Frieda Berkovits with her son Samuel and daughter Ida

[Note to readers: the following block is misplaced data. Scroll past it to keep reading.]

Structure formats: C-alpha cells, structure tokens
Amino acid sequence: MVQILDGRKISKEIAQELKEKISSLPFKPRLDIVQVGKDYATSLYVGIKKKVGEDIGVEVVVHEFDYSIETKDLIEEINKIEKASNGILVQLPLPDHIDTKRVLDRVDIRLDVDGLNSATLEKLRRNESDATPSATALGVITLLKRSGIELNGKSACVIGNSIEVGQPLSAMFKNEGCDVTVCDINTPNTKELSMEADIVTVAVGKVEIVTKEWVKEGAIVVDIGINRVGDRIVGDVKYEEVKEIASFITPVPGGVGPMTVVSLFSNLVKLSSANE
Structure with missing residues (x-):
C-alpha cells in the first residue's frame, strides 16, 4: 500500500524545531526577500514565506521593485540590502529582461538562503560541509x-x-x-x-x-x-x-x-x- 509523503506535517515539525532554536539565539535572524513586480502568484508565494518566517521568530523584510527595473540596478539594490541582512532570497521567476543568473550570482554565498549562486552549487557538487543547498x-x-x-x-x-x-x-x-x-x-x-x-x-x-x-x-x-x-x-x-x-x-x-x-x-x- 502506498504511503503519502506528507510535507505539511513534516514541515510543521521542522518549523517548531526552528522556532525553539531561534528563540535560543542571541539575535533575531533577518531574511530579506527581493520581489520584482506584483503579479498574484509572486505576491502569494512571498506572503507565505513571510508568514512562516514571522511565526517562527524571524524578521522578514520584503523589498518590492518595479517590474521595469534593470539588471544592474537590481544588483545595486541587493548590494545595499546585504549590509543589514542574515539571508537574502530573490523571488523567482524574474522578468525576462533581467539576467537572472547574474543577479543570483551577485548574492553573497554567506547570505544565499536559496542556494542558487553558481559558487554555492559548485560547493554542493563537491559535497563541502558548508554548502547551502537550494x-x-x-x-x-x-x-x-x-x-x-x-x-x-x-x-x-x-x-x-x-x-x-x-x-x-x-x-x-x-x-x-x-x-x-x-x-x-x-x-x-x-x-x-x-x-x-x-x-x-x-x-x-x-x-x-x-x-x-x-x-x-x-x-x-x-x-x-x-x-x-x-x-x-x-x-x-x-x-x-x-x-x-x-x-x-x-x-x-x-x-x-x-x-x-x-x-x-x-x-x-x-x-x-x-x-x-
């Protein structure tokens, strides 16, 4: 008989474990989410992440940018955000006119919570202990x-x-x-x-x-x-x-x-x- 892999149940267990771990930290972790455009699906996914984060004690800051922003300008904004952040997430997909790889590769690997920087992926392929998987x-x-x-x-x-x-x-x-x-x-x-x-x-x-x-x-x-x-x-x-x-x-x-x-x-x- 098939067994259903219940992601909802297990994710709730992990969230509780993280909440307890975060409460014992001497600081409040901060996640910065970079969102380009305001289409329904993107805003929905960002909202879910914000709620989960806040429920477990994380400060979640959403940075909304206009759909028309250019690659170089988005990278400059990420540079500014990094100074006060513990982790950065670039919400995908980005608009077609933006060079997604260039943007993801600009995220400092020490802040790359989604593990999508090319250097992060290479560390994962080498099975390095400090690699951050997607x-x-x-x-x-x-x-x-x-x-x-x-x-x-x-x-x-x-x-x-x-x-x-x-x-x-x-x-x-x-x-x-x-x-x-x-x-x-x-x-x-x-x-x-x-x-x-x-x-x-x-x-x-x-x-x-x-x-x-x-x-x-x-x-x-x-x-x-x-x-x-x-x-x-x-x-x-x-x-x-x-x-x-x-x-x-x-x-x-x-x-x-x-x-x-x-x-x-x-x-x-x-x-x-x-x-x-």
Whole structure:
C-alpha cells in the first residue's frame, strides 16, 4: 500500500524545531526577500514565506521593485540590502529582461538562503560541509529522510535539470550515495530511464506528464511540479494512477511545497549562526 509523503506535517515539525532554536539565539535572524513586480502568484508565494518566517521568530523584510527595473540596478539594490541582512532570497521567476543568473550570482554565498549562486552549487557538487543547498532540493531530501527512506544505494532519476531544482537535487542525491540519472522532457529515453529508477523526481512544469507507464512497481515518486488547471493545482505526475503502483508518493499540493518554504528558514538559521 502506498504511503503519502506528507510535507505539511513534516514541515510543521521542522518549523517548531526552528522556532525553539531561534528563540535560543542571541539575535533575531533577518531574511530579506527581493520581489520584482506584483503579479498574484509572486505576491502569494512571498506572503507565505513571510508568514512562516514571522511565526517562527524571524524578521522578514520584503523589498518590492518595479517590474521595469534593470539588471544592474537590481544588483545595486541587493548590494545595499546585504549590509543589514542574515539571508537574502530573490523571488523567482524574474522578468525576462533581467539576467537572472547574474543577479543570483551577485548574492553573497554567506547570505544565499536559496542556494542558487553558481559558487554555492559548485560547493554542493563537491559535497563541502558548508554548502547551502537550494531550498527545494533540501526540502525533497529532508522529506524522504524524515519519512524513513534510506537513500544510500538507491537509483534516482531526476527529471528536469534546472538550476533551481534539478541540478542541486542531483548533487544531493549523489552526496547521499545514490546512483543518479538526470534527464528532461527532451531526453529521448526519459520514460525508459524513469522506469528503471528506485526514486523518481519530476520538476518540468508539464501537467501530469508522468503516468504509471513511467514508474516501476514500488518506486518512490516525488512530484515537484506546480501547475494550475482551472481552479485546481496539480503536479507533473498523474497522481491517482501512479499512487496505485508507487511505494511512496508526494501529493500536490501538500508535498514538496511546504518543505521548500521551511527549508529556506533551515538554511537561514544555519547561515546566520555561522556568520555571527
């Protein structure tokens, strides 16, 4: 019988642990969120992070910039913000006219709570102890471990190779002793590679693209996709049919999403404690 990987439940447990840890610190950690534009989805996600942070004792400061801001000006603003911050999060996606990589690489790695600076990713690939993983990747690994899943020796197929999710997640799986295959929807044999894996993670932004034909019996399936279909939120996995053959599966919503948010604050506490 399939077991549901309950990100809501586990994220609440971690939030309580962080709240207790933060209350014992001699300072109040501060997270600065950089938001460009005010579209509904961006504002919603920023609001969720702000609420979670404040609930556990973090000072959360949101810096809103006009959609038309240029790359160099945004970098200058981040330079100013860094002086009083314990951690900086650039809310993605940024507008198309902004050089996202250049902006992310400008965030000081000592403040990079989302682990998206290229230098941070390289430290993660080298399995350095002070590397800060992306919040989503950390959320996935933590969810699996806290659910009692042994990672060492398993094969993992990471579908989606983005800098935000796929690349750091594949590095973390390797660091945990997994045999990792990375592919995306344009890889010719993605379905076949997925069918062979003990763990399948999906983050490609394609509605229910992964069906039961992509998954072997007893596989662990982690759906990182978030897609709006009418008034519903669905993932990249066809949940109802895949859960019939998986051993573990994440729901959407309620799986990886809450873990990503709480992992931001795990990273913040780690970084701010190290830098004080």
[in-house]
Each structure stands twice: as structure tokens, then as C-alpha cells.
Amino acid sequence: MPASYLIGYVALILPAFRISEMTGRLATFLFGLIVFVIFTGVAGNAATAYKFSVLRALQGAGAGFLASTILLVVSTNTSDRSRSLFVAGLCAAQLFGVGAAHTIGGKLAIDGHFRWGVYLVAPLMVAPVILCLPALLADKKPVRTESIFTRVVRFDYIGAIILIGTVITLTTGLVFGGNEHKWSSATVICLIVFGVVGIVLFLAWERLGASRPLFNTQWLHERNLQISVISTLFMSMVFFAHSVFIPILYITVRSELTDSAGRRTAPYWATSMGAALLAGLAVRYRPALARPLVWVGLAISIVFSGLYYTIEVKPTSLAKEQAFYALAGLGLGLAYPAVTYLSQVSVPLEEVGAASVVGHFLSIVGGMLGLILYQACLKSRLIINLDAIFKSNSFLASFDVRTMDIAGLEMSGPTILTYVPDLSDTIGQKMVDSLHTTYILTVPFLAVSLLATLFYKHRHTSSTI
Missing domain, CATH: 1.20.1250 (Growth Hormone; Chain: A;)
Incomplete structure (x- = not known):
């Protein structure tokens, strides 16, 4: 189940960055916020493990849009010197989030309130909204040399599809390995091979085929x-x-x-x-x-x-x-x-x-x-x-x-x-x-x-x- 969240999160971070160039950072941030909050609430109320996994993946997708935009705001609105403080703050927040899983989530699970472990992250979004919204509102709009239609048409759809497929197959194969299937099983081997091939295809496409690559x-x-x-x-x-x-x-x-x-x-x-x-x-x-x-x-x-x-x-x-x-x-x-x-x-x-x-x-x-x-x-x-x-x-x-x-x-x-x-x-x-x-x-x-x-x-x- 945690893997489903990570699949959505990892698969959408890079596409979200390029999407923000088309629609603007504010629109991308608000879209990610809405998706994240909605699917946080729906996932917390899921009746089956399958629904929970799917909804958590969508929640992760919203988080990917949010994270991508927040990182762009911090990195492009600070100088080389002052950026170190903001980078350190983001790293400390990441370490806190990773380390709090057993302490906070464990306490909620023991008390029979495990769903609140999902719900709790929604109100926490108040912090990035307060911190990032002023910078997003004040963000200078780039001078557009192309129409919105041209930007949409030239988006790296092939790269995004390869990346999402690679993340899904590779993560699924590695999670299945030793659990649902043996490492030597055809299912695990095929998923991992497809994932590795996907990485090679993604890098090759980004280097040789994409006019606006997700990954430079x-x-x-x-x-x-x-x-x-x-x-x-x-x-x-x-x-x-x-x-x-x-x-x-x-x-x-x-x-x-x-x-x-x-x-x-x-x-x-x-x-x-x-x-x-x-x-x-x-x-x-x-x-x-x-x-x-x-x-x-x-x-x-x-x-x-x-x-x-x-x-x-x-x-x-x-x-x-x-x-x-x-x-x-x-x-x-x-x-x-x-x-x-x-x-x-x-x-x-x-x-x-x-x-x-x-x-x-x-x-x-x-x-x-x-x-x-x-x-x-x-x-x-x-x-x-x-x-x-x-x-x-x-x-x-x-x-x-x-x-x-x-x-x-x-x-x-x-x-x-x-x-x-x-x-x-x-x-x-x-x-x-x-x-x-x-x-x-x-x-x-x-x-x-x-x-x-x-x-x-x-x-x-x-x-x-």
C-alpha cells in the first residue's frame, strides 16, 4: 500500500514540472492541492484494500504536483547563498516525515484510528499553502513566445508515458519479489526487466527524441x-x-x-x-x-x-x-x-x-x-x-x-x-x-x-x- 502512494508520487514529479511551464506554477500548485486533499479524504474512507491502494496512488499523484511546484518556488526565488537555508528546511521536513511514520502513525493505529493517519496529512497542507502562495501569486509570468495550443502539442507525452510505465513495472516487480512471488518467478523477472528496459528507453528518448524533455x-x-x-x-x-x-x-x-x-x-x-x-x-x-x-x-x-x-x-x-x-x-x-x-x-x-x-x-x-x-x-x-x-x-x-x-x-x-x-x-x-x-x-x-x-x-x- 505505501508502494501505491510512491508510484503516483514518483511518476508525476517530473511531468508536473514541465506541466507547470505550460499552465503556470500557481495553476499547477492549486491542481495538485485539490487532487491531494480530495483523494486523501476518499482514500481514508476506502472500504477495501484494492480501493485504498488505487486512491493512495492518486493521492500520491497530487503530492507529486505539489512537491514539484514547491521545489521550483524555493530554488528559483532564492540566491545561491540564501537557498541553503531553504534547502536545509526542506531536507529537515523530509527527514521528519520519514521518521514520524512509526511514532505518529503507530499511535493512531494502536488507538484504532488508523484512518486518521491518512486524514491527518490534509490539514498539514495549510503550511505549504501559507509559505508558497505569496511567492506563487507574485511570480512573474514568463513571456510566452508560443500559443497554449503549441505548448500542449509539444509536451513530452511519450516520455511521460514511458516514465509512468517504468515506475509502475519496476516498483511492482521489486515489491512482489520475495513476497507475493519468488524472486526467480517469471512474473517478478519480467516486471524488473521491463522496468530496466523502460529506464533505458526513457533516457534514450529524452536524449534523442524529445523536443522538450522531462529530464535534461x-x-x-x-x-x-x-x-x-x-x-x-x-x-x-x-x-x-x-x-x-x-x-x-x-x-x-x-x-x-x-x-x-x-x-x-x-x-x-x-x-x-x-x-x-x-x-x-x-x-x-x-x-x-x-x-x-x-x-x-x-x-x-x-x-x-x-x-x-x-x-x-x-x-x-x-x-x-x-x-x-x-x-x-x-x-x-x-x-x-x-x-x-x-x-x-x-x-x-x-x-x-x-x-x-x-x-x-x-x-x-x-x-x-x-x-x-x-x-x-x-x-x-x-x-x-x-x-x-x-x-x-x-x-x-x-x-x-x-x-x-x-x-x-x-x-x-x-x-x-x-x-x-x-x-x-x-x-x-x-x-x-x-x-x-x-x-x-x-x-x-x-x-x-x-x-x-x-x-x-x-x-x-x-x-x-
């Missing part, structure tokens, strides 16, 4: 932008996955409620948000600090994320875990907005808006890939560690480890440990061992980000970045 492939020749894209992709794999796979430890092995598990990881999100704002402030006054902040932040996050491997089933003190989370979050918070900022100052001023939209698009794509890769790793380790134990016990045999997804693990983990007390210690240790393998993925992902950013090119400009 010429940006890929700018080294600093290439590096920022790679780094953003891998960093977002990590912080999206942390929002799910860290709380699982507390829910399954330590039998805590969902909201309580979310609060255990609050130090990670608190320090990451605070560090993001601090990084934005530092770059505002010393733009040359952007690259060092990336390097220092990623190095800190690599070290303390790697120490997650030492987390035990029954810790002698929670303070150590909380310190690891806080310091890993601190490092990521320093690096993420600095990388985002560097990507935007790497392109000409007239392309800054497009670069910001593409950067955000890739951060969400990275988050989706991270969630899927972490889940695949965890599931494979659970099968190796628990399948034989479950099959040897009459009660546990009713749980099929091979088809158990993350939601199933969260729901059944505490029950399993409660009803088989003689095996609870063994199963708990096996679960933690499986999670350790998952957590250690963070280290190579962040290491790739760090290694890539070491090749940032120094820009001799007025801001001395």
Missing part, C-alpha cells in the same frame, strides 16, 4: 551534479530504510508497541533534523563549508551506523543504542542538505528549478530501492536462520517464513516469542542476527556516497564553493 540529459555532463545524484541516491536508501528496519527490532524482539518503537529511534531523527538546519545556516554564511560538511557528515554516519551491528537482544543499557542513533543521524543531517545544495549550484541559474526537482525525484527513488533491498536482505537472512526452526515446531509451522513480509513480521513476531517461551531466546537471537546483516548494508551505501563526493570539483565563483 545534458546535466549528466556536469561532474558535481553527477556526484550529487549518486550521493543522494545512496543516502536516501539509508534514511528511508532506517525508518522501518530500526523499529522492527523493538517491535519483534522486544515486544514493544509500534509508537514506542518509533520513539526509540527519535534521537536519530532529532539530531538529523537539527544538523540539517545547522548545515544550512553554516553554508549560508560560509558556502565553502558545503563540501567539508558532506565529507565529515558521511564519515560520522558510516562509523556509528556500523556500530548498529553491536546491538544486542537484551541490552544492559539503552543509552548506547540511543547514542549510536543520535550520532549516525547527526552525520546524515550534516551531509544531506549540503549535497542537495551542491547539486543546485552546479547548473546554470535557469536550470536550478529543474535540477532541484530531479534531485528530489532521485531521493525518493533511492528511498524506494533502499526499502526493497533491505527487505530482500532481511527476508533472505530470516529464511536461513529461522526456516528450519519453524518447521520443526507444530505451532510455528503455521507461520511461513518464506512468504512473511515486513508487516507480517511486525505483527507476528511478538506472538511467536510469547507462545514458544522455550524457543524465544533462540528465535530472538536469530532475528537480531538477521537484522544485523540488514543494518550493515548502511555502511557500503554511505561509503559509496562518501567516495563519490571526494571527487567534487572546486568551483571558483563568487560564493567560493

This is my mother Frieda Berkovits with my brother Samuel and sister Ida. The picture was taken in Tallinn in 1923. There were five children in the family. The eldest brother, Samuel, was named after my maternal grandfather. He was born on 4th April 1915. My elder sister Ida was born on 11th September 1916. My second sister Vera was born on 14th September 1918. Her Jewish name was Dveira. Rudolf was born on 9th November 1919. I, the youngest, was born in 1922. I was named Liya. We mostly spoke Yiddish at home, sometimes German was generally accepted in Baltic countries. All of us knew Russian as well. My parents were very religious. There were people who prayed in the synagogue twice a day, in the morning and in the evening, but this was not practiced in my family. We respected and observed all the other Jewish traditions. Friday evening we marked the Sabbath. My mother lit candles and prayed. Then we had a festive dinner. Our house was known for tradition, which implied that anybody could come to us for the Sabbath dinner without invitation. Those who didn't have a place to have their Sabbath meal were hospitably invited to our house. Our relatives always came on Sabbath evening. There were also the visitors who didn't have a chance to get home in time for the Sabbath. We were happy to see everybody. The next day it was a rule for parents to go to the synagogue. They took the children with them. We went to the synagogue on holidays as well. My mother was involved in charity work. She was the chairman of the ladies Zionist organization WIZO. My mother helped poor Jews a lot. Every day students from poor families came to our home for lunch. One boy, whose parents were divorced, lived with us for a year as he was lonely. My mother lead a group of women who visited the poor, gave them food and presents, and tried to support them the best they could. WIZO ladies collected clothing and footwear from rich families and then distributed them to poor people. There was a buffet in our Jewish school where rolls, sandwiches, coffee, tea and stewed fruit were sold. Every day during recess, WIZO ladies served children from the buffet. My mother was also behind the counter. Apart from that, WIZO ladies baked rolls and cakes for children and handed them out for free. My mother knew all the students from the poor families in the school and always took care of them. She was also a member of the school's parents? association. Having finished at the Jewish high school both of my elder brothers entered the economics department at Tartu University. My sister Ida was afflicted with pneumonia in 1939. There were no antibiotics at the time and they didn't know how to treat the disease, so. she died within a couple of days. Ida was buried in the Jewish cemetery in Tallinn in accordance with Jewish rites.